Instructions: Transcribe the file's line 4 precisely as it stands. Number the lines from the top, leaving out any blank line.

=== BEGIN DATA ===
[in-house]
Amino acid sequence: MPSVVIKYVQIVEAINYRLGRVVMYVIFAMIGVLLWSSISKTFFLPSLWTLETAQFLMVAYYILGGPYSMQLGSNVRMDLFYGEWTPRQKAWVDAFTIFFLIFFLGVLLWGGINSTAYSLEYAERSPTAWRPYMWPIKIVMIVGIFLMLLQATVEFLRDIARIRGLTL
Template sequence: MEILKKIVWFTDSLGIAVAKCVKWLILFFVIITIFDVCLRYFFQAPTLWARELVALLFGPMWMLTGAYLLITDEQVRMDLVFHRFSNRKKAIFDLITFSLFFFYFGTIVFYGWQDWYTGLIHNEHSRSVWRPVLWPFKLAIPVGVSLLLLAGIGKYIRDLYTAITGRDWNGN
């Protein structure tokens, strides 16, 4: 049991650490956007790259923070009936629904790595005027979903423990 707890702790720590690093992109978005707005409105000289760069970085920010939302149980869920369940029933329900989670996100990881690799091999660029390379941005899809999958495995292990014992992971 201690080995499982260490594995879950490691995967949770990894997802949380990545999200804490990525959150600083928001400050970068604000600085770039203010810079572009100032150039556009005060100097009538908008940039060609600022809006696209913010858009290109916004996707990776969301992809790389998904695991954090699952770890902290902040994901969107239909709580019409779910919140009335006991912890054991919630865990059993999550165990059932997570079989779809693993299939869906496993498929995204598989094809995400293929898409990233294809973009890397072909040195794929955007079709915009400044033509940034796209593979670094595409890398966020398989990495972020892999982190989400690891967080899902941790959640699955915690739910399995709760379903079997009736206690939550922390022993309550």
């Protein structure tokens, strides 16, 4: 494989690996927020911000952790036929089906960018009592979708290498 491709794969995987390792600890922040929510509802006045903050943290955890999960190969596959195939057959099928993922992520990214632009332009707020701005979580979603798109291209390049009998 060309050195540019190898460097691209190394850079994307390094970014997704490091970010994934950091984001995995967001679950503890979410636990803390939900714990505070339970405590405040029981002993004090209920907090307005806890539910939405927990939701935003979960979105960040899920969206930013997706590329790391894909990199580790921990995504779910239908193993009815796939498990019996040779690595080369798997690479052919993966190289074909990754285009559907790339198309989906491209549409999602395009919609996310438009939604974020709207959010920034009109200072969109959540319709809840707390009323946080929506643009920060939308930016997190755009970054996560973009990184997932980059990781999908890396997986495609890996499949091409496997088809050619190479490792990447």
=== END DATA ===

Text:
């Protein structure tokens, strides 16, 4: 049991650490956007790259923070009936629904790595005027979903423990 707890702790720590690093992109978005707005409105000289760069970085920010939302149980869920369940029933329900989670996100990881690799091999660029390379941005899809999958495995292990014992992971 201690080995499982260490594995879950490691995967949770990894997802949380990545999200804490990525959150600083928001400050970068604000600085770039203010810079572009100032150039556009005060100097009538908008940039060609600022809006696209913010858009290109916004996707990776969301992809790389998904695991954090699952770890902290902040994901969107239909709580019409779910919140009335006991912890054991919630865990059993999550165990059932997570079989779809693993299939869906496993498929995204598989094809995400293929898409990233294809973009890397072909040195794929955007079709915009400044033509940034796209593979670094595409890398966020398989990495972020892999982190989400690891967080899902941790959640699955915690739910399995709760379903079997009736206690939550922390022993309550």